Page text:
Sorry, but the SRA is right

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I want you to sit down and take a deep breath. Perhaps have a stiff drink to hand. Maybe one of those stress balls too. I’m going to write something in support of the Solicitors Regulation Authority.

Before I start let me make it clear I’m no apologist for the organisation – indeed I’m fairly sure they didn’t appreciate my fairly one-sided response to their (still wrong) decision to scrap the trainee minimum salary.

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Any story on the SRA is guaranteed to lead to dozens of angry responses from solicitors in a daze at the constant announcements and tweaks leaving them bemused at what exactly they have to do to avoid breaking the rules. And don’t get me started on the monthly board meetings, when the ‘public’ session consists of 15 minutes of being told nothing of any real use. One rare solicitor visitor last week walked away bemused, asking why she hadn’t been allowed to speak, forgetting that the public are to be seen but not heard.

And yet I believe the regulator is right to want the power to fine firms that can’t meet deadlines, as outlined at last week’s meeting. The trigger for this plea is the ongoing issue with dozens, maybe hundreds, of firms that have yet to nominate a pair of compliance officers pithily dubbed the COLPs and COFAs.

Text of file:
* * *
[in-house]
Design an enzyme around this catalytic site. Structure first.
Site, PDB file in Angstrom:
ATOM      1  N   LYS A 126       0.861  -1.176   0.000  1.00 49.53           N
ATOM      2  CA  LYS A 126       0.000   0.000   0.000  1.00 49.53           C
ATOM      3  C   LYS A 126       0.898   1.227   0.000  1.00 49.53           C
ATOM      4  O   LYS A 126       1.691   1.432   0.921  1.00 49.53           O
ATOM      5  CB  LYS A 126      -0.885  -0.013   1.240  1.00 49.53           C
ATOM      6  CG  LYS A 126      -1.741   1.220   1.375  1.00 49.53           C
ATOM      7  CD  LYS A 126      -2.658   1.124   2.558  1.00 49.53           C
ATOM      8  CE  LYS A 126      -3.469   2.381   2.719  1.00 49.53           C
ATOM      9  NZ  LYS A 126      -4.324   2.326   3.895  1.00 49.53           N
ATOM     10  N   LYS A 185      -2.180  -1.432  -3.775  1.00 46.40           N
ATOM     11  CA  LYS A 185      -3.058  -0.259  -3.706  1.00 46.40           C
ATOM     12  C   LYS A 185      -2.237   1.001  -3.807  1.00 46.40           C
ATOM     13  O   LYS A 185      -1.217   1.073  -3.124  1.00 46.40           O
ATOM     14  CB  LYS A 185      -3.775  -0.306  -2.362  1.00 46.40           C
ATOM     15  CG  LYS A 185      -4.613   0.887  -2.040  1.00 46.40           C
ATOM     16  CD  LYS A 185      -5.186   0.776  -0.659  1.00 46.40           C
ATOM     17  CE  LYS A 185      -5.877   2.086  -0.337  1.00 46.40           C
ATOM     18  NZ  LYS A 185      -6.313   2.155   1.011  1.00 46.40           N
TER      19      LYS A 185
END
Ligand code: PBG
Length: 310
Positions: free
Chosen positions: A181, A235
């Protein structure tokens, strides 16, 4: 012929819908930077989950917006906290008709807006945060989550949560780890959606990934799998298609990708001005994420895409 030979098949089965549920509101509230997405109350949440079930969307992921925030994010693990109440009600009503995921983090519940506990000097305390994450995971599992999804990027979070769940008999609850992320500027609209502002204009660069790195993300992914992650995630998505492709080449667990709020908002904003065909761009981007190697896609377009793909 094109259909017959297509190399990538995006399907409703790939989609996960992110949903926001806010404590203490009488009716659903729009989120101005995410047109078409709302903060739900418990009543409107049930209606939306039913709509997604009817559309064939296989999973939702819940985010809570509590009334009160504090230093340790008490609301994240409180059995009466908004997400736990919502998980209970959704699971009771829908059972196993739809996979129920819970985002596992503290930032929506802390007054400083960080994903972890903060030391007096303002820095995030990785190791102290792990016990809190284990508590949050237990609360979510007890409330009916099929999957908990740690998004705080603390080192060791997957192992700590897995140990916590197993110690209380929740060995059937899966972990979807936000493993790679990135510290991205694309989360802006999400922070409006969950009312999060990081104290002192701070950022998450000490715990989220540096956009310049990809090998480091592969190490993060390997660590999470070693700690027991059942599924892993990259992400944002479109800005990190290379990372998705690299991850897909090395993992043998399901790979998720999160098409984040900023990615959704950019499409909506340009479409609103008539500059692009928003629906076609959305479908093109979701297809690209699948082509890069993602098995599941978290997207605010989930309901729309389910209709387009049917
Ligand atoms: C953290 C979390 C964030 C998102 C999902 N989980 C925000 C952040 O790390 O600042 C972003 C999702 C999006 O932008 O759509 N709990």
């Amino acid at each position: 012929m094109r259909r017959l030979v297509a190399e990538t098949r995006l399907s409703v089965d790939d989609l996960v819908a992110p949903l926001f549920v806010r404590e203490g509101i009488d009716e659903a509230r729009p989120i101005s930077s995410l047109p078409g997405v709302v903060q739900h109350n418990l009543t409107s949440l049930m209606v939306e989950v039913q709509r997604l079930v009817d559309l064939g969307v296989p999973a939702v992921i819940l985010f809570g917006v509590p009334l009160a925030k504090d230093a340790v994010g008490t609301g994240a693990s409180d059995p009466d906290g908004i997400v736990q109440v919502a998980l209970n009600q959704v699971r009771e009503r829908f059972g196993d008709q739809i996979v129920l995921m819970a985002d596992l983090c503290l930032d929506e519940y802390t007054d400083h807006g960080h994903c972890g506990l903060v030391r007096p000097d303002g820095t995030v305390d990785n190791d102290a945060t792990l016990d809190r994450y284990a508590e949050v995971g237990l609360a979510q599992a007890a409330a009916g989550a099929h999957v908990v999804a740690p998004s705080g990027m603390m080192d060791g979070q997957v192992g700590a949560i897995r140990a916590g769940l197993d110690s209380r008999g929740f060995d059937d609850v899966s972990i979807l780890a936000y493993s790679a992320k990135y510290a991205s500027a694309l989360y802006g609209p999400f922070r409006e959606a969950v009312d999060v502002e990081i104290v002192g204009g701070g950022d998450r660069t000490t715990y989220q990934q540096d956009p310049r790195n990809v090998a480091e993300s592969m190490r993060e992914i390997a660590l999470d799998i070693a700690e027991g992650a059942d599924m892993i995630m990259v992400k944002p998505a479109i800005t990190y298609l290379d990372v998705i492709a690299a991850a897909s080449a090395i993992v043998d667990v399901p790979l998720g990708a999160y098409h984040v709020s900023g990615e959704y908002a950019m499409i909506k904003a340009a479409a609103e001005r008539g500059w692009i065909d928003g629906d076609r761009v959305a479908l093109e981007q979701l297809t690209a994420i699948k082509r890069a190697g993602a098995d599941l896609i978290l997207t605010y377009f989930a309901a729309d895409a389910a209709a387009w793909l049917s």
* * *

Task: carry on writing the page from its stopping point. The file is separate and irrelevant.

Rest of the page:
Don’t get me wrong, there is no way I would want to perform either role. As far as I can see, you’re in trouble with your colleague if you tell tales of non-compliance and in trouble with the SRA if you don’t. It’s a thankless task and unpaid to boot. But despite most having reservations, thousands of firms did get their nominations back before the 31 July deadline.

They canvassed opinion in the office, read through the smallprint and filled out the forms. This was laborious, tedious and most probably took them away from actually earning money.

For those that sat on their hands, wilfully ignored the regulations or simply couldn’t be bothered, why should they escape having to go through the process as well? They may have spent the time earning fees whilst their competitors slavishly adhered to the regulations. Yes, so this request for more power looks like empire-building. Yes there are probably other things they should be prioritising.

But rules are rules – and while you may not agree with the principle, it’s ultimately unfair on the firms that did comply not to sanction those that did not.

On this one issue at least, I’m with the SRA. Now please don’t swear at me.

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